The surge in online streaming consumption during the pandemic has led to a debate about minimum wage in the streaming industry. With people confined to their homes, streaming services such as Netflix, Hulu, and Amazon Prime have seen an increase in subscriptions and revenue. However, workers in the industry have been struggling with low wages, leading to questions about the justifiability of the large salaries of the company CEOs. The minimum wage debate in the streaming industry was ongoing before the pandemic, and the pandemic has only worsened the situation. The US federal minimum wage for 2020 is $7.25, which is significantly low, especially considering the cost of living.
Record-Breaking Streaming Consumption Leads to Minimum Wage Debate
The year 2020 turned out to be an unexpected year for everyone. The pandemic caused a halt in the day-to-day workings of the world and brought many changes with it. Lockdowns became a necessary precaution, and people were confined to their homes, leading to a subsequent surge in online streaming consumption. People sought refuge in entertainment, and streaming services became a go-to solution. However, this surge in streaming consumption led to minimum wage debates, as companies struggled to meet the increased demand.
Streaming services, such as Netflix, Hulu, and Amazon Prime, were the go-to solutions for people to pass the time while being confined within their homes. With the increasing consumption, the number of new subscriptions increased, along with the revenue being generated by the streaming services.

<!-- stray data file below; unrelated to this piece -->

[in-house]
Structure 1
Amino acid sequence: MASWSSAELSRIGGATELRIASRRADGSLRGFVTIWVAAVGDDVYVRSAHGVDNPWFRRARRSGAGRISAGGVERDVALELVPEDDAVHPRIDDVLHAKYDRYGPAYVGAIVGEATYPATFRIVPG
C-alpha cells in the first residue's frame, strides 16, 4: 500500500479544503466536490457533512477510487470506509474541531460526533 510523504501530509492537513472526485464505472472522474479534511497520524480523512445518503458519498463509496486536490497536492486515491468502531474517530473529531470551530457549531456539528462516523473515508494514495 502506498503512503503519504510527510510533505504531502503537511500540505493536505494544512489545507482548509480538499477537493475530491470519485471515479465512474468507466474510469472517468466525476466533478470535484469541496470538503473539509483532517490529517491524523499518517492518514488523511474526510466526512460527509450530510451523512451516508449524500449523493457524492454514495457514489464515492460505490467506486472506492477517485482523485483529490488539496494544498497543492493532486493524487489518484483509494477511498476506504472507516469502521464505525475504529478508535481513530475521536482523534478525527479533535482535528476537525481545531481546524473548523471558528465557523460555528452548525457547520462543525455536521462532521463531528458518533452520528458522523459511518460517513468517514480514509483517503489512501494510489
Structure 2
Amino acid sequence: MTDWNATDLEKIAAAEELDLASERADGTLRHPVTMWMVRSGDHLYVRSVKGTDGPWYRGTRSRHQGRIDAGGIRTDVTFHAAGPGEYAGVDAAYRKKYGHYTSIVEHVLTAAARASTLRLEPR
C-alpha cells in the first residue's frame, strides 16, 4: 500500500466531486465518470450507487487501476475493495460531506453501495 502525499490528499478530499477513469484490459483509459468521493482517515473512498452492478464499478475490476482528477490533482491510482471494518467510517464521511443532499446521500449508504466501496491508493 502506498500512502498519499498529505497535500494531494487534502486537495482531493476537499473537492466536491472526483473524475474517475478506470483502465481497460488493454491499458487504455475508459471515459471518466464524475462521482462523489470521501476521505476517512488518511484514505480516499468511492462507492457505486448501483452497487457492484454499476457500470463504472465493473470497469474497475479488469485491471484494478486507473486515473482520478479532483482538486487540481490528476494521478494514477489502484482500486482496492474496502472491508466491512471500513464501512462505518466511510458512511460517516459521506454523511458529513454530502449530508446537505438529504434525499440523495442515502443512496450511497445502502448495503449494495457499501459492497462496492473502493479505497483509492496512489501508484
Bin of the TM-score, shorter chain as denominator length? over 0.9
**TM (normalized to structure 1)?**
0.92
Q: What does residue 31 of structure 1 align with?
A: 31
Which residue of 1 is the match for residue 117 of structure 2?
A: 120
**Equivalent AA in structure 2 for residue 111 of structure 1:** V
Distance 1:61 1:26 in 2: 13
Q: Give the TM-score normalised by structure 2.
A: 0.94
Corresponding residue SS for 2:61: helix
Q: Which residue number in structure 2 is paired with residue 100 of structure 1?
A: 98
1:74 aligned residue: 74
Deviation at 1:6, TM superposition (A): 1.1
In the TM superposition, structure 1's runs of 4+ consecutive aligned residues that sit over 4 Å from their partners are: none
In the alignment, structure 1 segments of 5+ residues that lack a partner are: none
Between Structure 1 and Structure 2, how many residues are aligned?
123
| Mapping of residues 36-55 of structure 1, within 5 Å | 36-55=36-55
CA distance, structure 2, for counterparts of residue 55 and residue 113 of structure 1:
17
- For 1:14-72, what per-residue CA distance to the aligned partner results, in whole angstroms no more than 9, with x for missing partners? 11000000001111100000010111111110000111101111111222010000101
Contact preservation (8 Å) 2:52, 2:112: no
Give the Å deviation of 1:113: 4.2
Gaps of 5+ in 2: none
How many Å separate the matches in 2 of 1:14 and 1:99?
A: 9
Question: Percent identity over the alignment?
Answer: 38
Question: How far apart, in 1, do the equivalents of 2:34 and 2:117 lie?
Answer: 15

As the companies saw profits soaring high, the minimum wage debate began to amplify. The yearly wage per hour for people working within the streaming companies, working long hours to meet the never-ending demands, was not up to par in comparison to the profits being earned. People began to question whether the large salaries of the CEO’s of these companies were justified, when the employees maintaining the service were not fully appreciated.
The minimum wage debate in the streaming industry began months before the pandemic. The struggles of people working in the streaming service industry came into the limelight, with reports the bigwigs of the industry drawing large salaries while the workers struggled with minimum pay. The pandemic and the subsequent surge in streaming only worsened the situation.
The US federal minimum wage for 2020 is $7.25, which is a significantly low wage, especially considering the cost of living. Research conducted by MIT living wage calculator, a minimum wage of $15/Hour is necessary for a single adult with no child, residing in the continental US, to maintain living expenses.
The streaming industry is a billion-dollar industry, with revenue exceeding $37 billion in 2019, and with the pandemic restrictions, it’s only expected to soar. The workers in the industry are an essential part of the production and maintenance of the services that the company provides. The stream of profits is a reflection of their hard work, and the industry should ensure that they receive their fair share.
Frequently Asked Questions (FAQs)
Q: What is the minimum wage debate in streaming services?
A: The minimum wage debate is the discussion surrounding the low wages that streaming service employees receive, despite the billion-dollar profit generation of the companies.
Q: What is the US federal minimum wage?
A: The US federal minimum wage for 2020 is $7.25.
Q: Is the streaming industry profitable?
A: The streaming industry is a billion-dollar industry; it generated over 37 billion dollars in 2019.
Q: Why is the minimum wage a concern in the streaming industry?
A: The minimum wage is a concern in the streaming industry because the industry has high revenues, while the workers are struggling to meet their living expenses with the minimum wage.
Q: Should the potential revenue of the company factor in deciding the worker’s salary?
A: Yes, the revenues generated by the company should be considered while deciding the worker’s salary as they contribute to the company’s growth and success.